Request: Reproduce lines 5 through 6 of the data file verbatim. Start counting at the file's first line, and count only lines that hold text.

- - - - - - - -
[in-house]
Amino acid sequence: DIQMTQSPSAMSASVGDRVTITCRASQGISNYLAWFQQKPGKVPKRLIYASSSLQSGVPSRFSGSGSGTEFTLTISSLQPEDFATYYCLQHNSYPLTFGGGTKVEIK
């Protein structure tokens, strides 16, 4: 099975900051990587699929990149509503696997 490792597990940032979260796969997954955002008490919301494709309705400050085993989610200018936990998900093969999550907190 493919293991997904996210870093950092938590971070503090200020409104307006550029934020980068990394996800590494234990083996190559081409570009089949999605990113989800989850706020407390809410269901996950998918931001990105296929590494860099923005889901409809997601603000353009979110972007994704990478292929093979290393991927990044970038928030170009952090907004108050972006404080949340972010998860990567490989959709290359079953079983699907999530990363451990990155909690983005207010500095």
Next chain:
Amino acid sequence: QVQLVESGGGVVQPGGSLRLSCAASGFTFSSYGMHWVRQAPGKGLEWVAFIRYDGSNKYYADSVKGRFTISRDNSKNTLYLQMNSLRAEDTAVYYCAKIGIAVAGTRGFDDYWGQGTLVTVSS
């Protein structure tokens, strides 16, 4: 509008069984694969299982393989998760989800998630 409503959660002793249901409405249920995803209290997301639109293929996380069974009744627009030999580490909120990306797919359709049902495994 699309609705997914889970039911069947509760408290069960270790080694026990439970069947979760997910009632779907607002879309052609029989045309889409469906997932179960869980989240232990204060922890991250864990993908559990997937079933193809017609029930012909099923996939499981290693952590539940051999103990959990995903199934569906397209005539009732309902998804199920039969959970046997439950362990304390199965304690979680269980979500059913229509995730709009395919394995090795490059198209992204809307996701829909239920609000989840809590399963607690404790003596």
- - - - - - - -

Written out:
Amino acid sequence: QVQLVESGGGVVQPGGSLRLSCAASGFTFSSYGMHWVRQAPGKGLEWVAFIRYDGSNKYYADSVKGRFTISRDNSKNTLYLQMNSLRAEDTAVYYCAKIGIAVAGTRGFDDYWGQGTLVTVSS
């Protein structure tokens, strides 16, 4: 509008069984694969299982393989998760989800998630 409503959660002793249901409405249920995803209290997301639109293929996380069974009744627009030999580490909120990306797919359709049902495994 699309609705997914889970039911069947509760408290069960270790080694026990439970069947979760997910009632779907607002879309052609029989045309889409469906997932179960869980989240232990204060922890991250864990993908559990997937079933193809017609029930012909099923996939499981290693952590539940051999103990959990995903199934569906397209005539009732309902998804199920039969959970046997439950362990304390199965304690979680269980979500059913229509995730709009395919394995090795490059198209992204809307996701829909239920609000989840809590399963607690404790003596």